But how do you strike a balance between getting enough sun without increasing your risk of skin cancer?
And who is at risk of vitamin D deficiency and how much should you take? We asked leading experts for their advice...
Those who are housebound are at risk of vitamin D deficiency because the main way we produce it is by exposure to sunlight.
‘Elderly people in care homes really suffer as they tend to spend most of their time inside,’ says Dr Kassim Javaid, lecturer in metabolic bone disease at the University of Oxford. 
‘They are also less efficient at producing the vitamin when their skin is exposed.’
The recommended amount of sun exposure to produce adequate vitamin D levels is ten to 15 minutes on the face and hands three times a week, covering up if the skin starts to turn pink. 
‘But it can be difficult for some elderly people to get outside,’ says Dr Javaid.
‘That’s why supplements are important for this group. 
A study of 3,000 people revealed  that the middle-aged and elderly with low levels of vitamin D in their blood had a higher risk of heart disease and diabetes.

Research shows that overweight people are less likely to expose their skin to the sun because they feel self-conscious
Vitamin D is fat-soluble, so if you are obese (with a BMI of 30-plus) it simply gets absorbed in the fat stores rather than being metabolised and used by the body, says independent dietitian Dr Carrie Ruxton of the Health Supplements Information Service. 
‘This means vitamin D isn’t manufactured as well.’
Research also shows that overweight people are less likely to expose their skin to the sun because they feel self-conscious, says Dr Javaid. 

Once you get into the post-menopausal years, you consistently lose bone mineral density, which will have peaked in your 20s, says Dr Ruxton. 
‘You want to try to keep what you have for as long as possible, and a bone health supplement, such as calcium and vitamin D together, will help that.’ 
But what about the studies linking vitamin D and calcium with heart attacks and strokes?
‘The evidence is conflicting,’ says Dr Javaid. ‘Some scientists say they might increase the risk, while others say they don’t.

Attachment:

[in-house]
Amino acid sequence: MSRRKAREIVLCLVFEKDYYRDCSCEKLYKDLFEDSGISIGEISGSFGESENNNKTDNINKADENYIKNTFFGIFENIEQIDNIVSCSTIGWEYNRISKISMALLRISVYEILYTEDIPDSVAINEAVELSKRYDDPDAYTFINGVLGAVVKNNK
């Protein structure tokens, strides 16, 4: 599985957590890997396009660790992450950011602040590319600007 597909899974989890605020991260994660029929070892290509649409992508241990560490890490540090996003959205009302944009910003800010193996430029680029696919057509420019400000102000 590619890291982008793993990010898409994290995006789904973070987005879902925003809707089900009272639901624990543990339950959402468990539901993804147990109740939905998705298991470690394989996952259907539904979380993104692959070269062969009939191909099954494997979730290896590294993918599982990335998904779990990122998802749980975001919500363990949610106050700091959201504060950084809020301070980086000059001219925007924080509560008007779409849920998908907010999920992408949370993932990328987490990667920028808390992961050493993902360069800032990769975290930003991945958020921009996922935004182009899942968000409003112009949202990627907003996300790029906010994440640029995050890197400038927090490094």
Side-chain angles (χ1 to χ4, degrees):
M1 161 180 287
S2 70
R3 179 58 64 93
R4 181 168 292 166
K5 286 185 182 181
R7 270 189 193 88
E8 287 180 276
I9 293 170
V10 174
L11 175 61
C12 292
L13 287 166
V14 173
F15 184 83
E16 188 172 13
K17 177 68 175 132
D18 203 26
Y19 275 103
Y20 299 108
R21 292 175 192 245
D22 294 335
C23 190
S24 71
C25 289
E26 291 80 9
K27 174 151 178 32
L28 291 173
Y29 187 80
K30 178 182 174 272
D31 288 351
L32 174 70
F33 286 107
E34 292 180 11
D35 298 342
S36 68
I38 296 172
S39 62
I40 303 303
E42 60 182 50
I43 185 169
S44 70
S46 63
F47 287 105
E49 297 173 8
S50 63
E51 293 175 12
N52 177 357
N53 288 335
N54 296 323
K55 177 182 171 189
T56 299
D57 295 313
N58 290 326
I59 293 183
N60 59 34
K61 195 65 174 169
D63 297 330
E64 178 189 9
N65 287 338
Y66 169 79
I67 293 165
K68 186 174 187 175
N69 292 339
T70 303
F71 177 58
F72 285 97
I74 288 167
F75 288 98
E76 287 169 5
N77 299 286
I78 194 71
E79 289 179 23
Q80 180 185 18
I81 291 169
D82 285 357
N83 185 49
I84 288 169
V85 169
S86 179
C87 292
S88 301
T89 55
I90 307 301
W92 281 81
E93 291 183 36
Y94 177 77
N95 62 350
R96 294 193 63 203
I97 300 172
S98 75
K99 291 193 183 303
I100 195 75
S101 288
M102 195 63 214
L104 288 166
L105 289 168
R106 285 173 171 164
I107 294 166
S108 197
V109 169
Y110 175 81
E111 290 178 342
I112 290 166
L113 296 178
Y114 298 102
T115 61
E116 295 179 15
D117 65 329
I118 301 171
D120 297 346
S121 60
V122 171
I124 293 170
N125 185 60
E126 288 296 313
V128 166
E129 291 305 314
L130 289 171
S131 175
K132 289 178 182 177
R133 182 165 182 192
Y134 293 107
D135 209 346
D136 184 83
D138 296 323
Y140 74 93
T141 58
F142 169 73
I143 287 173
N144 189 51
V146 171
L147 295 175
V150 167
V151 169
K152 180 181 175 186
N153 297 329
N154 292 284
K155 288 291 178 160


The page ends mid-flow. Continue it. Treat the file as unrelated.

‘At the moment, I would follow your doctor’s recommendations.’
Hip fractures are a huge problem in Britain — there are 87,000 each year, says Dr Javaid. And after a hip fracture, as many as one-third of patients die within a year.
‘There’s a myth that men don’t get osteoporosis — they do,’ he says. ‘Men tend not to be checked for this after their first fracture, so they can go on to have another one. 
‘It’s also likely, particularly if you’ve suffered a hip fracture, that you may be deficient in vitamin D.
‘That’s because falls over the age of 65 are generally caused by the muscles gradually getting weaker — and vitamin D is vital for maintaining muscle function, as well as bone health,’ says Dr Javaid. 

‘It’s vital that pregnant women in high-risk groups — those who are obese or who don’t get much sun — take 400 IU (10mcg) of vitamin D a day, according to the NICE guidelines,’ says Dr Javaid. 
‘I can’t stress enough how important this is because the baby needs vitamin D to grow properly. 
‘The body never forgets what happens in the womb. If you are deficient before birth, you may carry the effects of that all your life. 
‘Research shows that a lack of vitamin D can cause bones to grow to the wrong shape and density. And it could possibly increase the risk of mental illness later in life.’

Vitamin D is equally vital for young children. The Department of Health recommends that all children from six months to five years have extra vitamin D to ensure they have strong bones. 
Teenagers are also likely to be lacking in vitamin D because fewer of them are drinking milk or eating oily fish — both good sources of the vitamin — and a growing number of them are obese.
‘It’s estimated that 40 per cent of adolescents have deficient levels of vitamin D, largely because so many of them have appalling diets,’ says Dr Ruxton.